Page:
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myMEGusta

Named for things that please me (“me gusta” in Spanish) and rhymes with balabusta (Yiddish for “good homemaker”).

Archive for the month “July, 2015”

What Are You Smoking?

Gravlax

Gravlax

Salmon!

On a journey to Helinki, Finland, myMEGusta was reminded of how delicious and varied “preserved” salmon can be, in various guises.

The three best known are cold smoked (looks raw, tastes smoky, usually served sliced thin), hot smoked (looks cooked, also tastes smoky, usually served hot) and gravlax (marinated rather than smoked, raw, also usually served sliced thin).

Hot Smoked Salmon

Hot Smoked Salmon

One fabulous lunch was seasonal simplicity: Hot smoked salmon on bed of mashed potatoes, with leeks and morels. The smoky flavor of the extremely moist fish was a perfect complement to the vegetables. It is ubiquitous in Helsinki, although not so easy to find stateside, with the exception of Seattle. In this Scandinavian city, there are hot smoked fish stands in the markets, and even a lady selling potato cakes and smoked salmon from a boat.

Salmon and Potato Cake Lady

Salmon and Potato Cake Lady

Another took an entirely different turn to open sandwiches, one spicy crayfish and the other a rosette shaped arrangement of cold smoked salmon on rye bread at the Old Market Hall. The fishmonger E Eriksson is one of Scandinavia’s oldest, and still a family run business, with a massive, multinational business in addition to the charming stalls in the market, including the oyster bar where you can enjoy a good French Chablis with your impeccably fresh lunch.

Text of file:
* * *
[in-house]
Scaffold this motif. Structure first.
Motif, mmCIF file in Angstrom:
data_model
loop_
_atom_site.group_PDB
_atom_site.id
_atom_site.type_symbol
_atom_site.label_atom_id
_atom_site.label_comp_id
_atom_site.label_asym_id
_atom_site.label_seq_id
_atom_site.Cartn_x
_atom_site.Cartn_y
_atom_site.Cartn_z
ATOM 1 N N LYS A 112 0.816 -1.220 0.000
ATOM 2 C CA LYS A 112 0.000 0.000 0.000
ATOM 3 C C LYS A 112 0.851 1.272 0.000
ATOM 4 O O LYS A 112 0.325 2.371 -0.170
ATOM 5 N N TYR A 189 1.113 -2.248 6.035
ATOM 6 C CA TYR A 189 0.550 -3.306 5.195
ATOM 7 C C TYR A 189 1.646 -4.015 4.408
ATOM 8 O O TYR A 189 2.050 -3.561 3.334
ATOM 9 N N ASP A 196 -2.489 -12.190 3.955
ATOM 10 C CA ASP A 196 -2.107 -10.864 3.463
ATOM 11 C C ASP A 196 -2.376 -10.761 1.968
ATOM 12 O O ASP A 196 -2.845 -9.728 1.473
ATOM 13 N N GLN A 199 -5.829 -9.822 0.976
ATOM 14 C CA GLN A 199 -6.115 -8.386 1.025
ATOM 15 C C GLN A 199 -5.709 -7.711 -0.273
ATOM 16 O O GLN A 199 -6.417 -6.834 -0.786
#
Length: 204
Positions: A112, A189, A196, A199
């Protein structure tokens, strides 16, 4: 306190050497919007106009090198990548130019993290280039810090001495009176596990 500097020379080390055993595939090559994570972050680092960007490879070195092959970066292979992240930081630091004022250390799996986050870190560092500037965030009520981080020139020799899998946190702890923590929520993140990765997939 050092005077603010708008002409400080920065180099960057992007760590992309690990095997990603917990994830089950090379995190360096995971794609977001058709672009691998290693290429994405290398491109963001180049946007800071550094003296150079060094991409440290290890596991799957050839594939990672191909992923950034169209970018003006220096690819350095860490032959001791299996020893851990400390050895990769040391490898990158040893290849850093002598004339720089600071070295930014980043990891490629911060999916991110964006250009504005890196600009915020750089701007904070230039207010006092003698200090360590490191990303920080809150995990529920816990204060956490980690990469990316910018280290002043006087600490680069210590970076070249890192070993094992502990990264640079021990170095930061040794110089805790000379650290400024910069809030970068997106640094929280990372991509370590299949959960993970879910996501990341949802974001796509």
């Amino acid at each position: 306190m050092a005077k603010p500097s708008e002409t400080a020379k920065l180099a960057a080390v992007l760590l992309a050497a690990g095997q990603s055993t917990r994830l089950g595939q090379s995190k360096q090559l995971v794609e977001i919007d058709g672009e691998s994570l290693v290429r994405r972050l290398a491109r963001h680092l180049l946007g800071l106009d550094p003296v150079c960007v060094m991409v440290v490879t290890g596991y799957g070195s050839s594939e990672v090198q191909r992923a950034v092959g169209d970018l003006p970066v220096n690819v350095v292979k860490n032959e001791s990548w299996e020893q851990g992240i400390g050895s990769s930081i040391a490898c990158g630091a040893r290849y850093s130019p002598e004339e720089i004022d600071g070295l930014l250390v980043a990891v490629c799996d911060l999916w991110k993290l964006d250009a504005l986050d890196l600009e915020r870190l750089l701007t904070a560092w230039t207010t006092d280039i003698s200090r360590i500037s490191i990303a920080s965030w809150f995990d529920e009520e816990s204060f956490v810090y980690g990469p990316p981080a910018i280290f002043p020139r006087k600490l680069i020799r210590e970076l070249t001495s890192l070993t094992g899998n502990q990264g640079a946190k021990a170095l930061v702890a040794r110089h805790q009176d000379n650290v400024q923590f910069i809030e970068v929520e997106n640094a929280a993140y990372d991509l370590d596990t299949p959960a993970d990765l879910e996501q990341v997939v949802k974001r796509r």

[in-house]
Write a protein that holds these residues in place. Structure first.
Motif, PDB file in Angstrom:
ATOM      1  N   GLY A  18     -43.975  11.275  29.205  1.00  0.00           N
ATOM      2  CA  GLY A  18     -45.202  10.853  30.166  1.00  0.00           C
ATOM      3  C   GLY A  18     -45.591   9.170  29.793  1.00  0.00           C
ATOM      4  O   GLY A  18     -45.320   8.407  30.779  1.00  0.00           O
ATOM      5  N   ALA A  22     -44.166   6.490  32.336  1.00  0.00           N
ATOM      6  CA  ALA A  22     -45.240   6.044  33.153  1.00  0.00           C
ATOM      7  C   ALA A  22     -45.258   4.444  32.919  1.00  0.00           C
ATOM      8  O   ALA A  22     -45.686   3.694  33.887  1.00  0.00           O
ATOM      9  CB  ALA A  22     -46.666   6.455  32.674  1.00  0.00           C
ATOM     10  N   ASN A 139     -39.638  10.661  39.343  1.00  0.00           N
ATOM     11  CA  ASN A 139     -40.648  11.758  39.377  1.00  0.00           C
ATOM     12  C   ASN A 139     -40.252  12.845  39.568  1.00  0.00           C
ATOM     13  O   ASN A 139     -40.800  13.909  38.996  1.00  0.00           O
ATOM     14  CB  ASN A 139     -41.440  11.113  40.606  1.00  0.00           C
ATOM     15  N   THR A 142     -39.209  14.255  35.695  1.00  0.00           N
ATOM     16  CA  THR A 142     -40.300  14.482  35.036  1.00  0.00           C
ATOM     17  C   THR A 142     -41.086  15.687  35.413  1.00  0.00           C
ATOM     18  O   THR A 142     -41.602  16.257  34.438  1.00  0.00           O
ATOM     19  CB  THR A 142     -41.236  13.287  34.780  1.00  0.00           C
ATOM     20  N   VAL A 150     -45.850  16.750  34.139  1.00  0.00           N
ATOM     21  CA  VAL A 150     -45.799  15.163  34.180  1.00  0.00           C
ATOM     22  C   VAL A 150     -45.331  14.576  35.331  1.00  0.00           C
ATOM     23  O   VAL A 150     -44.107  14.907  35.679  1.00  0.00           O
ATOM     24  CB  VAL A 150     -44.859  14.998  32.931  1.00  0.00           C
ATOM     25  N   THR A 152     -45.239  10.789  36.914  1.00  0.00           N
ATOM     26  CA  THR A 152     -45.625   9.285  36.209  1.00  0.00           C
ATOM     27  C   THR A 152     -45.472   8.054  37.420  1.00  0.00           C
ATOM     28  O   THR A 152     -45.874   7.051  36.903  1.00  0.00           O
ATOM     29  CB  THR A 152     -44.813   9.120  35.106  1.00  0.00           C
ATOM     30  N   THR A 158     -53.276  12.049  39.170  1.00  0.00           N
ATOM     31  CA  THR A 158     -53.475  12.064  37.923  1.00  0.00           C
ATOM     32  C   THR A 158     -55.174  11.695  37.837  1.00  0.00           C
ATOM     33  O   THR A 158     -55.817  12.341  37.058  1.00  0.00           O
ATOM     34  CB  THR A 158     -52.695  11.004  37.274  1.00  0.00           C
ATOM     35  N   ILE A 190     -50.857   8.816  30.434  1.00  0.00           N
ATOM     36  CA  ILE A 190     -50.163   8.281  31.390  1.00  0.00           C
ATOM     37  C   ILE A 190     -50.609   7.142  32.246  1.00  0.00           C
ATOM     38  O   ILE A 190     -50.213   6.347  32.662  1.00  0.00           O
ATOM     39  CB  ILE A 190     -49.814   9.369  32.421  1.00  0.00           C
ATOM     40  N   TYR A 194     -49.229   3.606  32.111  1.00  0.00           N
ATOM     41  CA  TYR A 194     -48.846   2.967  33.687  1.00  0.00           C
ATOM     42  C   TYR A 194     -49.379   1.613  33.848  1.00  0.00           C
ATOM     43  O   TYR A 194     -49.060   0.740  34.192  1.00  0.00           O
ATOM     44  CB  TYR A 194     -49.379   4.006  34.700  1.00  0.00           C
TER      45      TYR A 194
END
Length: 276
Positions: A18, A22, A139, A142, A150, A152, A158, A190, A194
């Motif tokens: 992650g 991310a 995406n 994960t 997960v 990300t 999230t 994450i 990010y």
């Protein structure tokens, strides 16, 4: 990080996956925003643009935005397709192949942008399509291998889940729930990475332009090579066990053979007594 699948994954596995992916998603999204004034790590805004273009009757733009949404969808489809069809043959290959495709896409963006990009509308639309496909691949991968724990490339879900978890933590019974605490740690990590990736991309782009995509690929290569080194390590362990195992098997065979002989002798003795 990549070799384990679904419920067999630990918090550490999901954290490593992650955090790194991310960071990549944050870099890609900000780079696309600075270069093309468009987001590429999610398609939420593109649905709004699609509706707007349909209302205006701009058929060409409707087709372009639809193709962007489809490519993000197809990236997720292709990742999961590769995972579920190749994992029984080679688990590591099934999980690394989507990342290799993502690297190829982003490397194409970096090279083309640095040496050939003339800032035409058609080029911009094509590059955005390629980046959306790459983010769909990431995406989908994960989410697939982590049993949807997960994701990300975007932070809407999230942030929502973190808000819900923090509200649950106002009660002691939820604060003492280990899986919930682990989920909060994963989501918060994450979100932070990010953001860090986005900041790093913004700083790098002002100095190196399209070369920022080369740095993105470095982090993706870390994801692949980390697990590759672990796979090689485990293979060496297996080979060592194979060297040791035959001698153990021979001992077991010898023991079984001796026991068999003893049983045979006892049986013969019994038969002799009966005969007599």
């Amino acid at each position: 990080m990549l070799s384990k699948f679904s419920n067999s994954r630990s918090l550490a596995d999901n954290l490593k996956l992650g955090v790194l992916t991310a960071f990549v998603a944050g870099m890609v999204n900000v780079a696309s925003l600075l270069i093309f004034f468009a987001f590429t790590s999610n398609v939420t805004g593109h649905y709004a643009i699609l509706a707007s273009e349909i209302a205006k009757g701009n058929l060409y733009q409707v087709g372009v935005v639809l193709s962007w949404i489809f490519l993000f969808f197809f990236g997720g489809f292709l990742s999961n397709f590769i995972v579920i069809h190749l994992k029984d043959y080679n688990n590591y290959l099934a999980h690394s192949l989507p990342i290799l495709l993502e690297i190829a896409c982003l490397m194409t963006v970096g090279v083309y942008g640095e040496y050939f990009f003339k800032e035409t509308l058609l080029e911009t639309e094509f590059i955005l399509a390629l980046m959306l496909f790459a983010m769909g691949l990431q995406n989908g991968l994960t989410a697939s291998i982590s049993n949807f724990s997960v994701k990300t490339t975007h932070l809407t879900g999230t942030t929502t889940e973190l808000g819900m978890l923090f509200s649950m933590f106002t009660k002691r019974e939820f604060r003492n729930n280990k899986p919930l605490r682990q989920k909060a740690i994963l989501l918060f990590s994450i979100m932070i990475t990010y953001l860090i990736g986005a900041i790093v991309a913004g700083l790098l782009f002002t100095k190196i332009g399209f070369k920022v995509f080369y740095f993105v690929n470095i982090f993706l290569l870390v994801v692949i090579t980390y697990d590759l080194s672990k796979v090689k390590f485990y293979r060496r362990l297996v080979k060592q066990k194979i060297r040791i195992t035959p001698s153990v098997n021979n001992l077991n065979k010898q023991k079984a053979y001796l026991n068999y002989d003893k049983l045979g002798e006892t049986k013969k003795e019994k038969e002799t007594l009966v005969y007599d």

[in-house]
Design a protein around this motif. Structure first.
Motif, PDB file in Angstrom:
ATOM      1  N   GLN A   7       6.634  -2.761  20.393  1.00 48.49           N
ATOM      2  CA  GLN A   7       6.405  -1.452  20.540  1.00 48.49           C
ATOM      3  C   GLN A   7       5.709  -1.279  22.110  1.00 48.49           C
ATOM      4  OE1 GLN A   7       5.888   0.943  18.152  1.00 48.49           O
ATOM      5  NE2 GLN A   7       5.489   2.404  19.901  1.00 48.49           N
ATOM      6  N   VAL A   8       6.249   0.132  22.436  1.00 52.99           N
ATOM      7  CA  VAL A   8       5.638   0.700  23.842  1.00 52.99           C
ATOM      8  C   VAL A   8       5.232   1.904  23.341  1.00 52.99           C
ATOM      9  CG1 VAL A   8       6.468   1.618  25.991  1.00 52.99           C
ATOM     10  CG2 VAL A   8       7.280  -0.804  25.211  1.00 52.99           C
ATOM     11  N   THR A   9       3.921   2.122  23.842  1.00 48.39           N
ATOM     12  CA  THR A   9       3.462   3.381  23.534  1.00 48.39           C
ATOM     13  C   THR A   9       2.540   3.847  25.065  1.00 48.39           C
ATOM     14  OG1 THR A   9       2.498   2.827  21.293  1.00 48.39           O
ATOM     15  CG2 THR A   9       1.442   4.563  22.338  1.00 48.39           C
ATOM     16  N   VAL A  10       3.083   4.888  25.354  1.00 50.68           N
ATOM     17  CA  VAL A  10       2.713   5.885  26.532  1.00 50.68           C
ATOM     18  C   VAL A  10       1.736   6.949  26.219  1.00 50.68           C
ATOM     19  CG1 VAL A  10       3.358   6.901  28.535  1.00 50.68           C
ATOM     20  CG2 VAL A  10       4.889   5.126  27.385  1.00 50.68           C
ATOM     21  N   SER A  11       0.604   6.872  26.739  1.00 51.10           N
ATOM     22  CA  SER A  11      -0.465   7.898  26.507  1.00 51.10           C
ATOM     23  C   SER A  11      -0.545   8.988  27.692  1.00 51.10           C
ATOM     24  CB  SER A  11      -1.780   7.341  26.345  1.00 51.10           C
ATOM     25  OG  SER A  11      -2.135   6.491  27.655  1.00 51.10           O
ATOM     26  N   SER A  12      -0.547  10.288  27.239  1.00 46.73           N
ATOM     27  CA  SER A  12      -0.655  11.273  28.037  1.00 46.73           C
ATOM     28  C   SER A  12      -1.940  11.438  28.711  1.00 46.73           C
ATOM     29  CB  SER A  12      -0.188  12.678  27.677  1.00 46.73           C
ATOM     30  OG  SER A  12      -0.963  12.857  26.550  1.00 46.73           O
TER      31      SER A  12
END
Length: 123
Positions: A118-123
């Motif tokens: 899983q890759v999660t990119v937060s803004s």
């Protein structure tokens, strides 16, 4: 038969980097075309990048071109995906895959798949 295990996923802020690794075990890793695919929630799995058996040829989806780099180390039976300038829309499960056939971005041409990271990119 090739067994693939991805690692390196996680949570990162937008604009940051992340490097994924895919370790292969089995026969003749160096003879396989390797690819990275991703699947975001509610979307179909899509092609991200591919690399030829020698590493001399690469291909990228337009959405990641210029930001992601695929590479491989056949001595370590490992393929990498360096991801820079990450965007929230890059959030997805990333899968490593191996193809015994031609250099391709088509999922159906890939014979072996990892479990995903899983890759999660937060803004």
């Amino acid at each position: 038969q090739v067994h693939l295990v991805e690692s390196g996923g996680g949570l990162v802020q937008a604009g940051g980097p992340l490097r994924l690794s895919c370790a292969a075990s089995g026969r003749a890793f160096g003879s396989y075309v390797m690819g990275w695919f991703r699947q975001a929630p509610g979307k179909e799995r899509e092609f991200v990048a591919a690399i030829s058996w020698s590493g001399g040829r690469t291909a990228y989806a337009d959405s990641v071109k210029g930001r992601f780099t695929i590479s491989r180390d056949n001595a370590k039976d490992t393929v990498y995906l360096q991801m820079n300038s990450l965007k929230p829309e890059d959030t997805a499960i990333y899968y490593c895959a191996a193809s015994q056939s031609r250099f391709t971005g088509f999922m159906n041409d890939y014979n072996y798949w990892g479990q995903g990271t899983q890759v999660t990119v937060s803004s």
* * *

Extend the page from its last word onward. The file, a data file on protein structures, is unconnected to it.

Open Faced Crayfish and Smoked Salmon Rosette Sandwiches

Open Faced Crayfish and Smoked Salmon Rosette Sandwiches

It was dismaying on one occasion when a lovely outdoor café on the Esplanade had a pretty pedestrian menu (and it was a Sunday, with not a lot of choices), but then there was a twist on the usual Caesar Salad. In addition to the usual suspects to garnish the salad (chicken, shrimp, ho hum) smoked rainbow trout was an option, and what a treat is was! A close relative of salmon, this was juicy and a perfect complement to the lettuce mélange it rested on.

Smoked Rainbow Trout Caesar Salad

Smoked Rainbow Trout Caesar Salad

Another day, we’ll look at codfish, currently endangered in some areas, but once the mainstay of Europe and North America, whether fresh or preserved, which is the only way most people in warm climes ever tasted it.  And, we’ll talk tuna:  the perennial lunchbox staple in a can and the fresh treat that not so many years ago, wasn’t on the radar of anyone other than the (rare, in the old days) sushi lover.

 

 

 

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A Crepe-y Salute to the French on Bastille Day!